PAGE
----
Then take the text in hash.txt and add it after “hash:” in the password field.


Restart network services (sudo service networking restart) and all should work … unless you don’t have a /etc/network/interfaces file, which I didn’t! Somehow it had disappeared. So I created one, with this incantation:

auto lo

iface lo inet loopback
iface eth0 inet dhcp

allow-hotplug wlan0

iface wlan0 inet dhcp
        pre-up wpa_supplicant -B -Dwext -i wlan0 -c/etc/wpa_supplicant/wpa_supplicant.conf
        post-down killall -q wpa_supplicant

(That’s a tab for indentation there, in case it matters. The pre-up line should be all on the same line, it’s -c/etc/wpa..., but some formatting thing is messing up the display here.)

After rebooting it all worked, even though the network icon in the icon bar showed no connection.


Typing in your password means it’s in your history, which means it’s in a file on the system. That’s insecure. The easiest way to clear that out is to wipe your history:

history -c

But you can also just wipe out the one line by finding just which one it is, for example:

$ history | grep openssl
  118  echo -n 'password_in_plaintext' | iconv -t utf16le | openssl md4 > hash.txt
$ history -d 118

But when you’re on the network you should install xsel:

sudo apt-get install xsel

Now next time you can run

echo -n 'password_in_plaintext' | iconv -t utf16le | openssl md4 | xsel -b

This puts the hashed password into the X clipboard, where it’s easier to paste. You’ll still want to wipe it from your history.


Why the Pi doesn’t support this kind of network out of the box, I don’t know, but I hope they add it. Nevertheless, the Pi is marvellous little thing.

Charles Dickens in Bonanza


Amanda Wakaruk told me about an episode of Bonanza where Charles Dickens comes to town because his copyright has been violated. Yes, Bonanza, the old TV western with Lorne Greene as Pa to Hoss, Adam and Little John.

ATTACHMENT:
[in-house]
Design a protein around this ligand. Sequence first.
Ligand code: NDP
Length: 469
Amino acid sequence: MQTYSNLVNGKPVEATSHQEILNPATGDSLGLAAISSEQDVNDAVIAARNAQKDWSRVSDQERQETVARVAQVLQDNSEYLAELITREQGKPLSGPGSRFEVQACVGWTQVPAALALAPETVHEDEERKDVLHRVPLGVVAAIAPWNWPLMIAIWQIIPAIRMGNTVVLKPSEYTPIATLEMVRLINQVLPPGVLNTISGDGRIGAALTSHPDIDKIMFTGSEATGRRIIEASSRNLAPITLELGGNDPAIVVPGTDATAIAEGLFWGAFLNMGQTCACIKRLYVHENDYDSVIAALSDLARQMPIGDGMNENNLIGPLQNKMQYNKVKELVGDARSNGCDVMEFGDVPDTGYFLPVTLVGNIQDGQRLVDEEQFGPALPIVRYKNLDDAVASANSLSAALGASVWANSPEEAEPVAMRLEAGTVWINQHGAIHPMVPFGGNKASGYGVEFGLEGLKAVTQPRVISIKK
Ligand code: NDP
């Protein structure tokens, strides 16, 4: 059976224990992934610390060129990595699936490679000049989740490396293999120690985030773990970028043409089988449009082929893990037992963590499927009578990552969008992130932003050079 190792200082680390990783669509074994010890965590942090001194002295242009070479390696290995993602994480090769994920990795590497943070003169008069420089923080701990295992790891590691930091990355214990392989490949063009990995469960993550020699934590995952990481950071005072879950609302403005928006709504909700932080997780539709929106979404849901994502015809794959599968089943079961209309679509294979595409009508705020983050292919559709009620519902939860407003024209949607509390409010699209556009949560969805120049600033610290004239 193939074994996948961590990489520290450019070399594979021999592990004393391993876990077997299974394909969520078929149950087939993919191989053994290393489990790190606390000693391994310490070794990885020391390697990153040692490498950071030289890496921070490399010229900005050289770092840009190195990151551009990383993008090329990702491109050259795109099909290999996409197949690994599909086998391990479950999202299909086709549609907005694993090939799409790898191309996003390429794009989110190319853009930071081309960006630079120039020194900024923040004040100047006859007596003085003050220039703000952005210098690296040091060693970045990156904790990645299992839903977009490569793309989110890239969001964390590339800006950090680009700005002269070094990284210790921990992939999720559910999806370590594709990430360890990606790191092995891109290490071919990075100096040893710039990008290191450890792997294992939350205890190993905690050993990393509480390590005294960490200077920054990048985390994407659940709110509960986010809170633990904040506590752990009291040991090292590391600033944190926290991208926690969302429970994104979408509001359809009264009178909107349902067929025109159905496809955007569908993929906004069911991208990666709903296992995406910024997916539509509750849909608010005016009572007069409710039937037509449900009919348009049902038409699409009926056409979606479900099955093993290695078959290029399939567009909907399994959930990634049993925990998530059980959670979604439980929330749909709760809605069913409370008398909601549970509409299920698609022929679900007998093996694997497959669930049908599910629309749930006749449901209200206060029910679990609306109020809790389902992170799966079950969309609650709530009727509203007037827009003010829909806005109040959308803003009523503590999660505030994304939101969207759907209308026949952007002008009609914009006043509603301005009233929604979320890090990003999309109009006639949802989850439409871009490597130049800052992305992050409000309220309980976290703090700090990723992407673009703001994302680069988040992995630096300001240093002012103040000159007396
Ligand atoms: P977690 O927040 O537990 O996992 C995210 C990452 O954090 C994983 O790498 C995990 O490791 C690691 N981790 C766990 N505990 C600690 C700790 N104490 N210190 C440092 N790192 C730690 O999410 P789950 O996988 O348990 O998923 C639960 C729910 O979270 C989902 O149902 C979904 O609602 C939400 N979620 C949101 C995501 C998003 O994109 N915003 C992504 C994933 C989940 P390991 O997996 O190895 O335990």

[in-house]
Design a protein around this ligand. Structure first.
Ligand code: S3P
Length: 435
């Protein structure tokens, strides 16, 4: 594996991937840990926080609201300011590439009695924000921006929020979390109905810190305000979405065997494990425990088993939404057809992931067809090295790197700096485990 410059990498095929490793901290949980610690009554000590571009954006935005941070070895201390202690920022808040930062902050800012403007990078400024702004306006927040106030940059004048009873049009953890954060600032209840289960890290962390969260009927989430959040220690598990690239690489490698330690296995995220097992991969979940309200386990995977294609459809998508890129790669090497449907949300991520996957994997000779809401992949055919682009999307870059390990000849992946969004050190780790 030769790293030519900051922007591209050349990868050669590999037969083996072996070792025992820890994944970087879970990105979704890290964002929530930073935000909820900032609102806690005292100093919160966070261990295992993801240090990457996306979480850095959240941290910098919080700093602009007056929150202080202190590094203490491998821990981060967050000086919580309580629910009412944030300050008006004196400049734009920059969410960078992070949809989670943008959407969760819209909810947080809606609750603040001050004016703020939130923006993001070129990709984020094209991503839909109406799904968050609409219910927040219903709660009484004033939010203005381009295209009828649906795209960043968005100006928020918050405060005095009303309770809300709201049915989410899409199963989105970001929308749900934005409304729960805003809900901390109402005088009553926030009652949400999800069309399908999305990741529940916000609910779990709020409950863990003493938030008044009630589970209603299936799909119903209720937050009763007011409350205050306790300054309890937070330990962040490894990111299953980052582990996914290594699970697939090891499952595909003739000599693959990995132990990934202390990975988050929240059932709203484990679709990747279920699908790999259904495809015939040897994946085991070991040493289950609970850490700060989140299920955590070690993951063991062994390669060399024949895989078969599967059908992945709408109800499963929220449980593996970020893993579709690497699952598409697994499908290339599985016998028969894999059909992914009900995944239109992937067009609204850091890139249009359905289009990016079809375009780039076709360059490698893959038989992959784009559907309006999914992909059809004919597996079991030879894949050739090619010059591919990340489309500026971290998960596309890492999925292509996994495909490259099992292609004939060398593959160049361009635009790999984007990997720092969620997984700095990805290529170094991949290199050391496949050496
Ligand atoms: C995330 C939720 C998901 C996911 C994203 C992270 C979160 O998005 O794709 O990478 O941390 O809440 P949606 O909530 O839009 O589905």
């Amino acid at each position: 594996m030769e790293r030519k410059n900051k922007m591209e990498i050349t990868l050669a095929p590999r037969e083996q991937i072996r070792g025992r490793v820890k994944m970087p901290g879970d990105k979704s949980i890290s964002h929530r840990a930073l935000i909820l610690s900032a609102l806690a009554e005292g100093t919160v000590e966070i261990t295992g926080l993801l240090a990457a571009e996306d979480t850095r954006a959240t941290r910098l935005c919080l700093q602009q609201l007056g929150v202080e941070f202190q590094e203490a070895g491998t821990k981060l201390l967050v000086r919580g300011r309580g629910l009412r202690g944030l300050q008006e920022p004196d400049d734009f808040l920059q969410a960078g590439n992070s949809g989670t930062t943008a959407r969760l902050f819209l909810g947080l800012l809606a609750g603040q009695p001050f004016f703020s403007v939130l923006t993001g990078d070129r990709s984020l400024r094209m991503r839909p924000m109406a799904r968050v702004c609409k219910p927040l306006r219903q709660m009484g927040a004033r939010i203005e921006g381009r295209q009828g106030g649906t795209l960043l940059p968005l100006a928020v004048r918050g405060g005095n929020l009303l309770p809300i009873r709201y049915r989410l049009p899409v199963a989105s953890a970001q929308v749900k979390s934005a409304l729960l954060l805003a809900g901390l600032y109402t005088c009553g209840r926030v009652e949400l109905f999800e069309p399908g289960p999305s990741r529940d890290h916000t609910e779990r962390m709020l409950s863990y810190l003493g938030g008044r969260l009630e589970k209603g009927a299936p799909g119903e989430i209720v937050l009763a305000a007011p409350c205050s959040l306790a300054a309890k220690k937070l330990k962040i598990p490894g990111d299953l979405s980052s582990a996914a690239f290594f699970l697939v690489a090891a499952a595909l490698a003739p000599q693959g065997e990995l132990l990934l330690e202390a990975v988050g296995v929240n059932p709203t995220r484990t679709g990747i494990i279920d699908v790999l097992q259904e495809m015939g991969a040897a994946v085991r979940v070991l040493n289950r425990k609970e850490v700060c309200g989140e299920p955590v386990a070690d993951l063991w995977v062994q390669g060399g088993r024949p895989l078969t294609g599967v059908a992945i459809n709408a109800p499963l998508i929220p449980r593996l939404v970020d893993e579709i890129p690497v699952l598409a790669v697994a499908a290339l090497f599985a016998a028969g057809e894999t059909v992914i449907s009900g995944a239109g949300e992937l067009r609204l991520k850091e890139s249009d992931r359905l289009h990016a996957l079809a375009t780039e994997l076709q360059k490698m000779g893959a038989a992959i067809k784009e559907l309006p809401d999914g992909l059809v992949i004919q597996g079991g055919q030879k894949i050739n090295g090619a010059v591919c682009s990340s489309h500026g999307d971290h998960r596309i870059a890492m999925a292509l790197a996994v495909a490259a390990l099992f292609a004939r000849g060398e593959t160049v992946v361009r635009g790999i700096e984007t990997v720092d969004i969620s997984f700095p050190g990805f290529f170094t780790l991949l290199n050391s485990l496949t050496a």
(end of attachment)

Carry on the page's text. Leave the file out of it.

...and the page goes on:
Rotten Tomatoes summarizes the episode (S05 E02):

Future Lost in Space bad guy Jonathan Harris stars in this Bonanza episode as celebrated British novelist Charles Dickens. When the Virginia City newspaper begins serializing Dickens’ latest novel without his permission, the author arrives in town to register a protest-and gets arrested and fined for his troubles. Despite Dickens’ imperious refusal to pay the fine or speak in his own defense, Dickens’ cause is championed by four of his biggest fans–the Cartwrights. Others in the cast include Victor Maddern as Dave, Frank Albertson as Sam Walker, and Charles Irving as Rogers. “A Passion for Justice” originally aired September, 29 1963.

Amanda recommended it as having a surprisingly nuanced discussion of copyright issues.

Slow Art Day


I just learned about Slow Art Day, which this year is on Saturday 06 April. This is the plan:

  1. Sign up at a local museum or art gallery.
  2. Attend and look at 5 pieces of art slowly.
  3. Discuss your experience.

Down at the Art Gallery of Ontario they picked five works and suggest people look at them for ten minutes each. This is just my kind of thing, and I’m going to go.